29:27 Michael Kennedy: How interesting, yeah, that's pretty easy to do, right?
29:30 Hugo Bowne-Anderson: Yeah, exactly. Generally, they love it. We got one recently at DataCamp. We were like, "Wow, this looks really nice." And then we were like, "Wait a second. Oh, they've done that." And when we realized that they'd done that, it was even stronger.
29:44 Michael Kennedy: I was on the receiving end of people applying for jobs for quite a while. To me, when I saw something come in and it was just a standard resume, or, like, "Here, I'm applying for this job. Here's my info." If it wasn't, I think your company is amazing because, and I want to work with you to do X, like, that went straight in the trash. If there was not something about the job, the place, you know, if it was just like, here's a copy of my Word document, it was like, well, here's a copy of my recycle bin, next.
30:18 Hugo Bowne-Anderson: Exactly. And it's the same when recruiters reach out to you. I mean, I get recruiter mail on LinkedIn which is like, "Your skillset matches our company." And I'm like, come on, right?
30:28 Michael Kennedy: Exactly.
30:28 Hugo Bowne-Anderson: It's not even, hey, you've done this cool stuff in Python, and whatever it may be. But this actually speaks to something else, which is making it particular to the company, and also making it particular to yourself. Being yourself when doing data science or trying to build your portfolio is incredibly important, I think, playing to your own strengths. A lot of aspiring data scientists feel they need to be a data science unicorn so that they can do the data munching, data collection, data manipulation, machine learning, statistical inference, Bayesian methods, data visualization, you know? Like, this is crazy, right? When you're trying to teach people data science and they feel that, that's totally overwhelming. I'm actually overwhelmed by that sentence I just stated.
31:14 Michael Kennedy: Sounds like a pHD in math plus programming, right?
31:17 Hugo Bowne-Anderson: Yeah, exactly right, and you don't need to be an expert at machine learning algorithms, for example, to be an effective data scientist. That will make you some sort of effective data scientist. But playing to your own strengths and realizing that data scientists work in teams, so, I've worked on a course recently with an educator and data scientist, Sergey Fogelson. He manages a four person data science team at Viacom here at Times Square. I was chatting with him about his team, and he said if everyone he hired knew the ins and outs of support vector machines, that would be a horrible team. He's got one person who is great at statistical data visualization, he has one person who's a data engineer and fantastic at that, he has one person who does the machine learning stuff and also has a background in math and physics so can actually explain the ins and outs of these algorithms to the rest of the team. I actually forget what the fourth person does, but that speaks to the fact that managers are aware that when they hire in teams, they're going to hire people with different strengths. And for that reason, I'd suggest to anyone entering data science to do things that interest you. Have a play around. When developing your portfolio you'll see you've got to do different steps in the data science pipeline. Figure out what you enjoy the most, and then apply for those jobs as well.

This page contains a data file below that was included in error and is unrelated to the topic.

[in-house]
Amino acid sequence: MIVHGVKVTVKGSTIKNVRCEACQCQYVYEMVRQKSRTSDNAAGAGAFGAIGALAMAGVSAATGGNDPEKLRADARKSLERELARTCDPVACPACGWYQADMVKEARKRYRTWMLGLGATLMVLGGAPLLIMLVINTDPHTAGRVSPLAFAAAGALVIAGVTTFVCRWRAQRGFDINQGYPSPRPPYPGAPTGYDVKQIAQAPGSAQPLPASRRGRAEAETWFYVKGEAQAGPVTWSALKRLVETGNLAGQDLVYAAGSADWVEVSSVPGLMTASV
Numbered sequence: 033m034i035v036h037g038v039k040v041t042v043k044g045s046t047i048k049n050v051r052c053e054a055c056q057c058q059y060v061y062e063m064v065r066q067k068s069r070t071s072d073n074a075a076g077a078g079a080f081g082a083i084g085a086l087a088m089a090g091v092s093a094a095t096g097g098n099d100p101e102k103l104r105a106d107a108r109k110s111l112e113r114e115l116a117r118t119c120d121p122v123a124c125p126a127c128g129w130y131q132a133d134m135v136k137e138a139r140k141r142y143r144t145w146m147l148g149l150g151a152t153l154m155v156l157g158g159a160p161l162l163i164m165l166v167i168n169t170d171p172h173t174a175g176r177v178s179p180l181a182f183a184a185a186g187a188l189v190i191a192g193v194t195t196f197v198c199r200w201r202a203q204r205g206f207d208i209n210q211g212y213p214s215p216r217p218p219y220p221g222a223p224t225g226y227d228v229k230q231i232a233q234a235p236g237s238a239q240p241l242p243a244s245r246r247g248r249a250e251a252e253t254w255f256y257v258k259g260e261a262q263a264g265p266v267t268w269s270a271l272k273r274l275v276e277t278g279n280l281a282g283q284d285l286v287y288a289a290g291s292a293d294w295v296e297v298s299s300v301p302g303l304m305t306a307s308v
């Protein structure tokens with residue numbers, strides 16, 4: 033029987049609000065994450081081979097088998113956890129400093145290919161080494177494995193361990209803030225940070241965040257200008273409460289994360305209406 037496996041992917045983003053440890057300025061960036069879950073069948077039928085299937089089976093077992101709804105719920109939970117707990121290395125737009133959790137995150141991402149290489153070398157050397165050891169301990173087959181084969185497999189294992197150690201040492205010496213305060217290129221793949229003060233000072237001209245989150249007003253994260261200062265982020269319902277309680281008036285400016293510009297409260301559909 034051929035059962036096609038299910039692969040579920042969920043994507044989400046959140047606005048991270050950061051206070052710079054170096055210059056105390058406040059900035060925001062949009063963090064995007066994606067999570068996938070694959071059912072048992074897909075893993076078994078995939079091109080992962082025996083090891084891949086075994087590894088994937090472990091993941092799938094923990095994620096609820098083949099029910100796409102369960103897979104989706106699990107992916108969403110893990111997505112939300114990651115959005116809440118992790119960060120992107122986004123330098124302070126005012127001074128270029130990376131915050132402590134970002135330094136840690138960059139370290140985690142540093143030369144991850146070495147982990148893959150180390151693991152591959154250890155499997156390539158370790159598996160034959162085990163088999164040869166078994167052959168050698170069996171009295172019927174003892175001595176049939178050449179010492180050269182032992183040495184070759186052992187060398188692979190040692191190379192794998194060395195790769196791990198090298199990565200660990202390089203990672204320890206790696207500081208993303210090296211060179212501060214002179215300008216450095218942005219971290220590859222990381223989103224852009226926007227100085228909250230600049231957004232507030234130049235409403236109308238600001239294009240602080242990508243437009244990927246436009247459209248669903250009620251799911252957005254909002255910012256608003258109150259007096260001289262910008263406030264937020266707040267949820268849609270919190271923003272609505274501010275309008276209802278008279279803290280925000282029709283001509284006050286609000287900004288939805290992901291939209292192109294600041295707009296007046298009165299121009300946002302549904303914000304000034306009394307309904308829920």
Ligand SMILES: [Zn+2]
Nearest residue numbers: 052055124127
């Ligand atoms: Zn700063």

32:39 Michael Kennedy: Yeah, I totally agree with you. I think one of the underlying things you're touching on here is authenticity, because if you feel like someone is reaching out to you and they're being super authentic, like you said earlier about, well, you know, I honestly have no idea what that term means, but I'm super excited to learn it if it's important. Like, I'm not against that, I just don't know every single little detail about this. I think when people are hiring, you see the enthusiasm, you see some real problem solving skills and some authenticity, it really goes a long way.
33:10 Hugo Bowne-Anderson: Yeah, and being able to adapt, pivot and learn as well. Being able to say, hey, this is what I've learned in the past year. I have no idea what that means, Mrs Hiring Manager, but I'm willing to learn that, is incredibly important in this space, because in all honesty, in five years, it might not be Python. Julia may come up, R may really blast in again. The ability to learn and relearn, I think, is incredibly important, and demonstrating that.
33:41 Michael Kennedy: Yeah, absolutely. At a minimum, you have to learn the details and the ins and outs of that actual problem set and that industry that maybe you don't have. Another thing you touched on was, do what interests you, because then you have the enthusiasm, and that really is super powerful as well. I'm a big fan of combining what you're interested in or what you have expertise in, plus programming, plus data science, and I think it really gives you this superpower. You talked about this cell biology project that you had. They were probably like, "Go to Hugo. He can solve the problem, because he controls the magic of programming and he can do this biology stuff." So, there's this really unique set of skills. You don't go from a million data scientists and how do you differentiate yourself from them. You're like, I'm the data scientist that also understands wind power like nobody else. So, if I'm trying to apply to a renewable energy company, well, that's a clear win, right?